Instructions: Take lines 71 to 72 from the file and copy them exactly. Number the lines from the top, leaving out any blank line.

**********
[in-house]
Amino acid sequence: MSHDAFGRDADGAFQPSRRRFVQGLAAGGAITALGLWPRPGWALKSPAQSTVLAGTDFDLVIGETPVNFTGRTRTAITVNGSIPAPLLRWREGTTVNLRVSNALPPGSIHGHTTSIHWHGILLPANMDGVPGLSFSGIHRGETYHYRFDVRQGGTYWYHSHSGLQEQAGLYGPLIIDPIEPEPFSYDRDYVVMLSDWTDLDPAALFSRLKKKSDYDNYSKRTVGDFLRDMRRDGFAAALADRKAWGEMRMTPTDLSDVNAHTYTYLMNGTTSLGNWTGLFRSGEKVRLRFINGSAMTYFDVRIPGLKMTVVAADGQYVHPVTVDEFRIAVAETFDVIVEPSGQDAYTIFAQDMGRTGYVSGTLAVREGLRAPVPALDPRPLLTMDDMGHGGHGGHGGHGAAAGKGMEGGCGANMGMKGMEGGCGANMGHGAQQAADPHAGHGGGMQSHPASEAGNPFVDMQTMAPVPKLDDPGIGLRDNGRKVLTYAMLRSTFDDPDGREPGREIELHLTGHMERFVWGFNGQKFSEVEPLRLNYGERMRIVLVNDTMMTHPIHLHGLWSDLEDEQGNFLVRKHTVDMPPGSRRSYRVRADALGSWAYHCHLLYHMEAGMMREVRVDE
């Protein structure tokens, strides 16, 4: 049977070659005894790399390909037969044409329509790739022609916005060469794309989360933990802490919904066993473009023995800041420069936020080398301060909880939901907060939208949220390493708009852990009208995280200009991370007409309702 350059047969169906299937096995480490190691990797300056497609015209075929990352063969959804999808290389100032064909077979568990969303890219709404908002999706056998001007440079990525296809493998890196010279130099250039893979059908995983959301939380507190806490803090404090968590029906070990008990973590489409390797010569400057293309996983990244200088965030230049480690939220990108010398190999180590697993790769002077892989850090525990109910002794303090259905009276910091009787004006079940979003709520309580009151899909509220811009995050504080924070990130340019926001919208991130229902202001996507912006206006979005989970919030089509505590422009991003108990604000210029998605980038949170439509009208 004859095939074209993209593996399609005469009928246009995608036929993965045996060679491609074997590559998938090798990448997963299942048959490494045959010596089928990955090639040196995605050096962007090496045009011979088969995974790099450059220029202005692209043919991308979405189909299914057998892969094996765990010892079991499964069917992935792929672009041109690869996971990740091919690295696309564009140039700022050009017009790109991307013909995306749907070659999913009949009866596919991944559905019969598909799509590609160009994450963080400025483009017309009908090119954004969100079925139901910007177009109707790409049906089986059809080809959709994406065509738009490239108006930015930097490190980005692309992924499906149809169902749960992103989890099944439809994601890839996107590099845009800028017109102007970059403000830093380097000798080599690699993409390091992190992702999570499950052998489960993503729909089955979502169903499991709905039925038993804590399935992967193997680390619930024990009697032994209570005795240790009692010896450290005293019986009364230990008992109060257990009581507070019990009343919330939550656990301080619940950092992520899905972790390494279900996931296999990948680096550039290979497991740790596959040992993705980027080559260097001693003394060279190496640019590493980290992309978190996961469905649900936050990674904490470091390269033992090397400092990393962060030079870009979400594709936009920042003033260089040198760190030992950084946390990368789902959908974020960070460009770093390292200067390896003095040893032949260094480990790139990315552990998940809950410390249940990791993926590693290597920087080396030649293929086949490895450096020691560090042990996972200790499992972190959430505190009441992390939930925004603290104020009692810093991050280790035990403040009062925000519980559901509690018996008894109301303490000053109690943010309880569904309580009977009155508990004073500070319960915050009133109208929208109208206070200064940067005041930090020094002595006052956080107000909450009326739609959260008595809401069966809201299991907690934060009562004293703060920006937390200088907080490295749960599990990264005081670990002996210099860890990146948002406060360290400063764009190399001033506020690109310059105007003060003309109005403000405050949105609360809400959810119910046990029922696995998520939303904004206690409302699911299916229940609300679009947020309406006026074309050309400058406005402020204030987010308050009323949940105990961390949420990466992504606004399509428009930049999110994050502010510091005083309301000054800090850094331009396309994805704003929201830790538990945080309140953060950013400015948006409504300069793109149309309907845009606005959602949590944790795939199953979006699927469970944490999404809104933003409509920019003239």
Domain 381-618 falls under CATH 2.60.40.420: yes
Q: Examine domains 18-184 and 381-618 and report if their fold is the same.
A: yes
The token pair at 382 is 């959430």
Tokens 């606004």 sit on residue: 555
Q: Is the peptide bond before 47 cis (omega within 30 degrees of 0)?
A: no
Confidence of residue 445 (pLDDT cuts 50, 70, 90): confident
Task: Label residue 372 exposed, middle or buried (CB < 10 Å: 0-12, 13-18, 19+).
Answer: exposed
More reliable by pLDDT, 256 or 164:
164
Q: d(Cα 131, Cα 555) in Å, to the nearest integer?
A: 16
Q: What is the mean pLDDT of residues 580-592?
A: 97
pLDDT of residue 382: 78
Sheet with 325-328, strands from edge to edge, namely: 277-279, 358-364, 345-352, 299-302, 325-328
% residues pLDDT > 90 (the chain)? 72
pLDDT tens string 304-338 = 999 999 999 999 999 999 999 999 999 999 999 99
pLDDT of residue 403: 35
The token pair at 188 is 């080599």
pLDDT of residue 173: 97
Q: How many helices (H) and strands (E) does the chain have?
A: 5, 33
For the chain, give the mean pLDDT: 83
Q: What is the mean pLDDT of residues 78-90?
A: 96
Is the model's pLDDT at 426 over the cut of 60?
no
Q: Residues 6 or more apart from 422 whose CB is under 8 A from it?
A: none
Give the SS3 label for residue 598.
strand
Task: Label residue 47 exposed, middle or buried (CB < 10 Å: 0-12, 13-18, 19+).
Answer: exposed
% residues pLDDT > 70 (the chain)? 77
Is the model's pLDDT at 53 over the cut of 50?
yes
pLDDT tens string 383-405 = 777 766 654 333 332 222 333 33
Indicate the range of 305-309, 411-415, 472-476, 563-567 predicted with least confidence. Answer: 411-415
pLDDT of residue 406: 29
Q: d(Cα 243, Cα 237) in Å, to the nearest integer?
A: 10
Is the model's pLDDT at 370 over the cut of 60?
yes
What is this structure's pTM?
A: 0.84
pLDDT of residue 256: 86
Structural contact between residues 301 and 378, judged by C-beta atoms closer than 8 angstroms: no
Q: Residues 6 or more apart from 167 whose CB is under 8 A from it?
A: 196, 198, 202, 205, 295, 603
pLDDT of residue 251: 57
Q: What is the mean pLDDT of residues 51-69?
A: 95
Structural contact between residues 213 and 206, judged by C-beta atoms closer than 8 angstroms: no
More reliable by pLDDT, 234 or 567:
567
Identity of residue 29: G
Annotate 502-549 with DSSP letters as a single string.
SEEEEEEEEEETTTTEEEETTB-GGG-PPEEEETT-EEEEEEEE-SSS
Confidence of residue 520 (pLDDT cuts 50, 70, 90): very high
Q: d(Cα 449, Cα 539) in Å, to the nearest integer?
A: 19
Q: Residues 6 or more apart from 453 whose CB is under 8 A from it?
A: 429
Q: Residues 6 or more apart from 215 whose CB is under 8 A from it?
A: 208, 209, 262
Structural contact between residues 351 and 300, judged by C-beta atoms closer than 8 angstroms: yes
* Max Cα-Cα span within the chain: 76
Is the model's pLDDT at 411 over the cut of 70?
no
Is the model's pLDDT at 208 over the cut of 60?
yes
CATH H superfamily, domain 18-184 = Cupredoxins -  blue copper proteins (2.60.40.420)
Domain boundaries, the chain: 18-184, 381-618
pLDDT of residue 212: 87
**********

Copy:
A: 208, 209, 262
Structural contact between residues 351 and 300, judged by C-beta atoms closer than 8 angstroms: yes